Tales of Graces is an action-RPG developed by Namco's Tales Studio and published by Namco Bandai for the Wii in 2009 in Japan. Later the next year, it received an enhanced port on PS3, Tales of Graces f, which made its way west in 2012. In the world of Ephinea, the son of a Windor lord, Asbel Lhant, stumbles upon a strange amnesiac girl alongside his brother Hubert and their friend Cheria. Together, they name the girl Sophie and even manage to befriend the prince of Windor, Richard, soon afterwards. But tragedy strikes, and the friends go their separate ways. 7 years later, political turmoil brings them back together, though under less than friendly circumstances.
The story of Graces is a childish affair, though in the best possible way. Instead of being "kiddie", what I mean is that the game uses a lengthy prequel chapter with most of the main characters as kids to anchor the whole story going forward. The time the party spends together during that chapter is very short, but from their perspective, the've sworn a pact of eternal friendship. That idyllic status quo and the pursuit of it is what defines Asbel as a character.
He loses a lot of things dear to him during the game, which is what motivates him to become a knight during the timeskip, to try and bring his friends back together and make sure nobody suffers afterwards. He held on to his optimistic childishness (without becoming cartoonishly preachy, thankfully), while the others sort of forced themselves to grow up, or at least pretended to by closing themselves off.
I found it really engrossing to empathize with Asbel's plight as the world shits on him, since he never loses hope of repairing his broken bonds. The game jokes about the party being a family at times, but come the end of the game, they've really become a self-made family full of people who've had issues with their previous relationships. This is reinforced by some really good side stories present in the side quests.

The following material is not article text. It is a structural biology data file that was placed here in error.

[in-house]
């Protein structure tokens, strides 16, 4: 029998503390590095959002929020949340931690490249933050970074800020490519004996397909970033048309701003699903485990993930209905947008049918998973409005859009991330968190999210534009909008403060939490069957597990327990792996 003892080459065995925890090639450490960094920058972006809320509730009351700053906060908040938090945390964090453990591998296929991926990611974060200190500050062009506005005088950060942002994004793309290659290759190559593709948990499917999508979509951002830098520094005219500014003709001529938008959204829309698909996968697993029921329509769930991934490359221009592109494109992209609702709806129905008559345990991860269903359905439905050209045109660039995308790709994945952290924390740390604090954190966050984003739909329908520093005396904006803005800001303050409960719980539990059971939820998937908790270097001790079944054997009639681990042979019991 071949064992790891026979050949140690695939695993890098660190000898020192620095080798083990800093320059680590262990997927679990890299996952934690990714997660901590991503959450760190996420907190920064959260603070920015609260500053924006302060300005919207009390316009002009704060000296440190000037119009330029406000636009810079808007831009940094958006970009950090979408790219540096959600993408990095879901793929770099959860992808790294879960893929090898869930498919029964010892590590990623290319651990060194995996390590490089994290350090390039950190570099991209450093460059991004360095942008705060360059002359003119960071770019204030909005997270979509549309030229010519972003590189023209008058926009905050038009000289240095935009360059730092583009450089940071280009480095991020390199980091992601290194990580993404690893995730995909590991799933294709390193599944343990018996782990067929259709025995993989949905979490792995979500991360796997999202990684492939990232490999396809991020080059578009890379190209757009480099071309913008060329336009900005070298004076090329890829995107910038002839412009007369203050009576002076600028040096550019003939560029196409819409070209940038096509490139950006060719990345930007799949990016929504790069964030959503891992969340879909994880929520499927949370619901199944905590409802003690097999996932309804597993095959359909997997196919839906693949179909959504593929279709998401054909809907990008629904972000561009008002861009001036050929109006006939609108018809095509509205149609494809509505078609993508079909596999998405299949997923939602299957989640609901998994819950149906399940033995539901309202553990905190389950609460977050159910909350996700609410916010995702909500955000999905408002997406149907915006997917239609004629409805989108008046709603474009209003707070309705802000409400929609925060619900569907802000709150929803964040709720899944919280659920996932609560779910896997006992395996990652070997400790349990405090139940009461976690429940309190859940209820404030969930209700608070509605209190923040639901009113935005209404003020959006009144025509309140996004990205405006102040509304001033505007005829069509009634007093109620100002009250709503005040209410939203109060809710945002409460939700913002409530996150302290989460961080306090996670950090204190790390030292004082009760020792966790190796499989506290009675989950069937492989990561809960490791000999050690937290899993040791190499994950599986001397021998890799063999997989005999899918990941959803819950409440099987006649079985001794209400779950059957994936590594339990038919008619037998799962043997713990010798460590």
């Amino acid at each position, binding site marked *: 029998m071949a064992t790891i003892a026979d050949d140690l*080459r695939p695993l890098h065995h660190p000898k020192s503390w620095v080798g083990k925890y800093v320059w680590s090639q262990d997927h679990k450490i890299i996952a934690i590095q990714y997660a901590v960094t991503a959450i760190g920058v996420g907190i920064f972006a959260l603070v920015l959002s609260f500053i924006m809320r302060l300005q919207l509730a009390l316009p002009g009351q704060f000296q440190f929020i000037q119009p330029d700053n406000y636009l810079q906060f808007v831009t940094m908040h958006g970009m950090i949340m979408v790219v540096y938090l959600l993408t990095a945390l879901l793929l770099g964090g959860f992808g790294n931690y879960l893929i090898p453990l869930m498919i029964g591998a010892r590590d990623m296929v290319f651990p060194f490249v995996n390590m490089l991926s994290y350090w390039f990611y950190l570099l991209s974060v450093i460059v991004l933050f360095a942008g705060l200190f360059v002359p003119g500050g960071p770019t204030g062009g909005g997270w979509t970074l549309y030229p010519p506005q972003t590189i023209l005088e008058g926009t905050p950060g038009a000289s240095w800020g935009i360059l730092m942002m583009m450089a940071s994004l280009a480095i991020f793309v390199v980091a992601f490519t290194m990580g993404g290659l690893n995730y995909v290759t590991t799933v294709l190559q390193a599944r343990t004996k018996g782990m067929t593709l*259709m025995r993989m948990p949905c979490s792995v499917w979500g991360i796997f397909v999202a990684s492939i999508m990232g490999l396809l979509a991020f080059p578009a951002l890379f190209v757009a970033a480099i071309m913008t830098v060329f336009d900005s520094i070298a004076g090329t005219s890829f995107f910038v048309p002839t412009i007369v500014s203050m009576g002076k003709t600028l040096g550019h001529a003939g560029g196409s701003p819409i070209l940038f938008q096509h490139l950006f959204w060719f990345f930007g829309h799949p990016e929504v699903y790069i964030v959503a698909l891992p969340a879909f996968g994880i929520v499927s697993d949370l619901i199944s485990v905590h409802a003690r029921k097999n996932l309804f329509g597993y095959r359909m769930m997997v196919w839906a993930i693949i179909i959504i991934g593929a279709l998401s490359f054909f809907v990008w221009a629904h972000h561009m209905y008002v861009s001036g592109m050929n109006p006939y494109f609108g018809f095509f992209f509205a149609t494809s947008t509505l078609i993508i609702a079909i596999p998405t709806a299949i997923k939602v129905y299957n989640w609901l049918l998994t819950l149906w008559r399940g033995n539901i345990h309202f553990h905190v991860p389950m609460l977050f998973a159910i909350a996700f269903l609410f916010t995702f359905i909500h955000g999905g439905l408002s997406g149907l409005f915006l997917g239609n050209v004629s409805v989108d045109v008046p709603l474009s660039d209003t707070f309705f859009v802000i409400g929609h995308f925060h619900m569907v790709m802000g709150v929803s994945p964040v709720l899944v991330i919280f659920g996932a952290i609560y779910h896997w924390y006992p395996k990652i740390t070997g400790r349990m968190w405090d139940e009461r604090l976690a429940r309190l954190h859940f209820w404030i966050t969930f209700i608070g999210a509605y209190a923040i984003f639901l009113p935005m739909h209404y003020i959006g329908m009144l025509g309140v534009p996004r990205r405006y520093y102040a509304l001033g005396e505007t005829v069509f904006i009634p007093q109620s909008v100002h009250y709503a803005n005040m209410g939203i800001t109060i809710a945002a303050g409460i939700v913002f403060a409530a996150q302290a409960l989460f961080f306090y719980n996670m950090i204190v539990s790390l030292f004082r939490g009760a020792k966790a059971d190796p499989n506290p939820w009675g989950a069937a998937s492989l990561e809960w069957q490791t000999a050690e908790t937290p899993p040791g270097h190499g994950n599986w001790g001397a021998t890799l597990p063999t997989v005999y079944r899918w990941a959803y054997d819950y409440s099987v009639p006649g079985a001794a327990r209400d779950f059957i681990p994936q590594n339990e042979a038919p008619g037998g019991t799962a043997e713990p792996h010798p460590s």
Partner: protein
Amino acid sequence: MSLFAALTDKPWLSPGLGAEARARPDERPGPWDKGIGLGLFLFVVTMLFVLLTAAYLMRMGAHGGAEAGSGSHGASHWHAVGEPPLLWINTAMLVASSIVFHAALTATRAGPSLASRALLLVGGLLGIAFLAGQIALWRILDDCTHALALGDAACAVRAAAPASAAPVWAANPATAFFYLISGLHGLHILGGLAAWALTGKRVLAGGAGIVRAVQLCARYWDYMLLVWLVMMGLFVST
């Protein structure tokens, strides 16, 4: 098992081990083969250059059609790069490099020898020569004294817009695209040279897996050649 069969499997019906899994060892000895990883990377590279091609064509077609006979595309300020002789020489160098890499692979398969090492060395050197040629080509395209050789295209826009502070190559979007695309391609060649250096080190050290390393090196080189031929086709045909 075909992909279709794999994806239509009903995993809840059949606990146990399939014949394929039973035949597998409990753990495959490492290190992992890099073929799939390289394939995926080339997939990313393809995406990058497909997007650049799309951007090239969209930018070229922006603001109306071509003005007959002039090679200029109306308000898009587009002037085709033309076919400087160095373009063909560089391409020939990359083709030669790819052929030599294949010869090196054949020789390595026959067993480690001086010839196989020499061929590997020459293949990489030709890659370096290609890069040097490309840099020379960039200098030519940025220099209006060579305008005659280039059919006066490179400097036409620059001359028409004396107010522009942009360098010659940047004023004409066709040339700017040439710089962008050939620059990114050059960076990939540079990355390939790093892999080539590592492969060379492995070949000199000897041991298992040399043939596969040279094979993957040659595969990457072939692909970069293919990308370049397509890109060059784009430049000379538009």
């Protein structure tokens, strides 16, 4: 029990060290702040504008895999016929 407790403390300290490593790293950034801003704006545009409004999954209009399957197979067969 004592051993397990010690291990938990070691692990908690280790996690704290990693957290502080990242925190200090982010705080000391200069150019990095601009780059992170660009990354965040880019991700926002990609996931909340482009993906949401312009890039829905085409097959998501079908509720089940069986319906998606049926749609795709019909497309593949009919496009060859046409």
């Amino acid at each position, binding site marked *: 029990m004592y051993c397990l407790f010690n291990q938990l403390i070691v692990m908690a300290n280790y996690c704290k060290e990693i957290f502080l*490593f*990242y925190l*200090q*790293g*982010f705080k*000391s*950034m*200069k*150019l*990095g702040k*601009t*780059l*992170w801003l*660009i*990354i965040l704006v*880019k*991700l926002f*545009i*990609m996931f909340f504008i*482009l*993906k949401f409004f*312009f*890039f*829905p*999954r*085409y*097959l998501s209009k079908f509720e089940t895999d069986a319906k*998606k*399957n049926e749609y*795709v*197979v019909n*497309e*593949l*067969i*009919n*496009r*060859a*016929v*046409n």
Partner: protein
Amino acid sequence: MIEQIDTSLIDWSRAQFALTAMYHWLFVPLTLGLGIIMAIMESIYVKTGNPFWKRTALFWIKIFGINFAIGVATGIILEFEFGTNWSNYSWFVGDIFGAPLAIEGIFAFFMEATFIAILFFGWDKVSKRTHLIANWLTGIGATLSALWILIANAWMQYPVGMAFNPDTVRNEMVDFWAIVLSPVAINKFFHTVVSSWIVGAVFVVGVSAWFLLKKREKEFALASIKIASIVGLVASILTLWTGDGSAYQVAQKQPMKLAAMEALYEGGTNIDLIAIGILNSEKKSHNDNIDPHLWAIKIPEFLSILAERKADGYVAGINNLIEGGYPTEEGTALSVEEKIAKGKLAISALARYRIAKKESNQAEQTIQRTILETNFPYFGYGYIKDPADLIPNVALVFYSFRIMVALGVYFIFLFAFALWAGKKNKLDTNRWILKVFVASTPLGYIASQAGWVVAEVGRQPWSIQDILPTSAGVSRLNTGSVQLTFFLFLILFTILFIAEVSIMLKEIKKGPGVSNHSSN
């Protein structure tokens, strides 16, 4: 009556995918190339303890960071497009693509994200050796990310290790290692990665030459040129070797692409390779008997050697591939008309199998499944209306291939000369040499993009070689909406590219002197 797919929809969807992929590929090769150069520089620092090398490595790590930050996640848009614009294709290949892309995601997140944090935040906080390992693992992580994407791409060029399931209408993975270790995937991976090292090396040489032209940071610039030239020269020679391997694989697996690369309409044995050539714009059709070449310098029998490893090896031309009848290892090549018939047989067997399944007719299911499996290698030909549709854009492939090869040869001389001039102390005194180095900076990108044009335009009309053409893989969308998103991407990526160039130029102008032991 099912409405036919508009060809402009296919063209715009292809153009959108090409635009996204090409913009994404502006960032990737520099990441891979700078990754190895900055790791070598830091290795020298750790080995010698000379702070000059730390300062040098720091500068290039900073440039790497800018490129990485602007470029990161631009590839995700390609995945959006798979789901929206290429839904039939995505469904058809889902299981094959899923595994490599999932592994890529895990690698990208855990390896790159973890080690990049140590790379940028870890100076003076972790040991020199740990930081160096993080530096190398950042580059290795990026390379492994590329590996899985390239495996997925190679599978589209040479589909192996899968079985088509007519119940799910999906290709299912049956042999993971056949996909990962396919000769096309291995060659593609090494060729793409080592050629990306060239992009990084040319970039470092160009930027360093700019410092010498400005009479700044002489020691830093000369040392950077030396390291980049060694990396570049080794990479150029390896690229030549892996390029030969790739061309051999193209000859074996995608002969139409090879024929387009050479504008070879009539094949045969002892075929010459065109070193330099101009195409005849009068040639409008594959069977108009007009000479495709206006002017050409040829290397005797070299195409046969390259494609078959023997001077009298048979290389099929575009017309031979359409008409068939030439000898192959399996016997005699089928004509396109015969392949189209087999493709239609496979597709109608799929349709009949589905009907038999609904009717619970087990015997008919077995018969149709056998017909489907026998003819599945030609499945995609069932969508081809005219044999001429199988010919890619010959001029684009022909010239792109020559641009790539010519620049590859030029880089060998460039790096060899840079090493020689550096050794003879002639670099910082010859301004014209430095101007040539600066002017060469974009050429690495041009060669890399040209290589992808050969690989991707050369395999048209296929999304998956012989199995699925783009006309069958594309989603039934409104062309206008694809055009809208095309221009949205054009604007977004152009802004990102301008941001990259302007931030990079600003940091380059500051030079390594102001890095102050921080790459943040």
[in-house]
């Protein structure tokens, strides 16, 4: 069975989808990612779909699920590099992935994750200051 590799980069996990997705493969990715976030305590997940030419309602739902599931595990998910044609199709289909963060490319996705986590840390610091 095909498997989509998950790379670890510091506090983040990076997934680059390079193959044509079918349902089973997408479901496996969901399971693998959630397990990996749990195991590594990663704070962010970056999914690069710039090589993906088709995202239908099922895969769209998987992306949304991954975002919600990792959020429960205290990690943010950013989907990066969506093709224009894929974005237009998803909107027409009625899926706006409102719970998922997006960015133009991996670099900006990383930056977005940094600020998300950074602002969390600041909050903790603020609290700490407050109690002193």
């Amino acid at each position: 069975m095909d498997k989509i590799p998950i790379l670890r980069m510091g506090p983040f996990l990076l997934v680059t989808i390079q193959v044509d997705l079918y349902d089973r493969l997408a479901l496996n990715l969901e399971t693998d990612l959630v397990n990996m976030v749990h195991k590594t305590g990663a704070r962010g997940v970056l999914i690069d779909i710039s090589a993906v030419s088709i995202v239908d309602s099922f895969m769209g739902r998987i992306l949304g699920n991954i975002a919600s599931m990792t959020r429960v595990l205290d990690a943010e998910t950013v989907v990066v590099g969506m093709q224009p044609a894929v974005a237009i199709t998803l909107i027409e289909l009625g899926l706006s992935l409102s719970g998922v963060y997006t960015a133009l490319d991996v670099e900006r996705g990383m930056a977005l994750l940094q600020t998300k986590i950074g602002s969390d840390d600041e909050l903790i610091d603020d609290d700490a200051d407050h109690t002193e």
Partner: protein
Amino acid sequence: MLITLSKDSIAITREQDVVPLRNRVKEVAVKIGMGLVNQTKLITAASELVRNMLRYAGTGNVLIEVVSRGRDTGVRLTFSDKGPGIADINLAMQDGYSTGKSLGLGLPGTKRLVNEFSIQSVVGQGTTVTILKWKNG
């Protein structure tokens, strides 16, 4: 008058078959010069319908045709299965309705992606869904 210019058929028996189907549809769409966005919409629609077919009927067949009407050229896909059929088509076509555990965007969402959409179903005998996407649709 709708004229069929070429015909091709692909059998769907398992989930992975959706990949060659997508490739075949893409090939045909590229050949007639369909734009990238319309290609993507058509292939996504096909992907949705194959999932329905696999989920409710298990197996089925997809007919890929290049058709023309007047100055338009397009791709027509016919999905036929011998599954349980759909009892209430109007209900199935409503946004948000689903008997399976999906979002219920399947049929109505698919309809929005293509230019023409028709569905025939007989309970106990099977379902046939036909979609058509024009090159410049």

Alas, beyond the core story of the party, plot isn't the most engaging, as it drags in parts, only picking up at the end. There's a large chunk in the middle dedicated to running around the game's other two major kingdoms, Strahta and Fendel, where the game sets up its major antagonist in a very monotonous fashion. These excursions do serve as a way to explore the backstories of a few party members, but for as long as you spend running around, I was disappointed to see that these countries weren't more important to the overall plot.
The politics between the three countries is serviceable, but not as interesting as it could be. Fendel is basically Russia (complete with a bearded leader in a furry hat) and suffers an energy crisis, but the game goes out its way to neglect details about the nature of the regime and the rebel movement opposing them. It's like they became afraid of actually putting the iconography they borrowed when creating Fendel to full use. I suppose that part of the story is one I'd like to have been more adult, since the relationships of the characters seem so mature in comparison. I could have forgiven this basic world-building if Strahta and Fendel played a bigger part in fighting the looming threat that eventually becomes the final boss.
Said looming threat being yet another flavour of a "end all suffering by killing everyone" final boss, which I am tired of. The game does justify it pretty well however and uses it to cap off Asbel's arc and reinforce the theme of pursuing understanding, so I can forgive it.
The PS3 version also added an epilogue, which furthers the theme, shows what the party gets up to after the ending and gives the story a bit more punch. All in all, it's a great addition, but it works with the strengths of the game (the cast) and doesn't try to give pay-off to the world-building I criticized earlier. So it's really just more of the story, and not a better story. But if you like the cast like I do, you'll still be content.
Graces' combat system is a pretty huge departure following Vesparia, but it manages to solve some of the series long-standing issues. But before I get to that, let's talk about the basics. Instead of having a left-to-right view, Graces camera is positioned to give you a front-to-back view. As a result of this, you now have access to a sidestep, meaning that you can evade attacks while staying in attack range.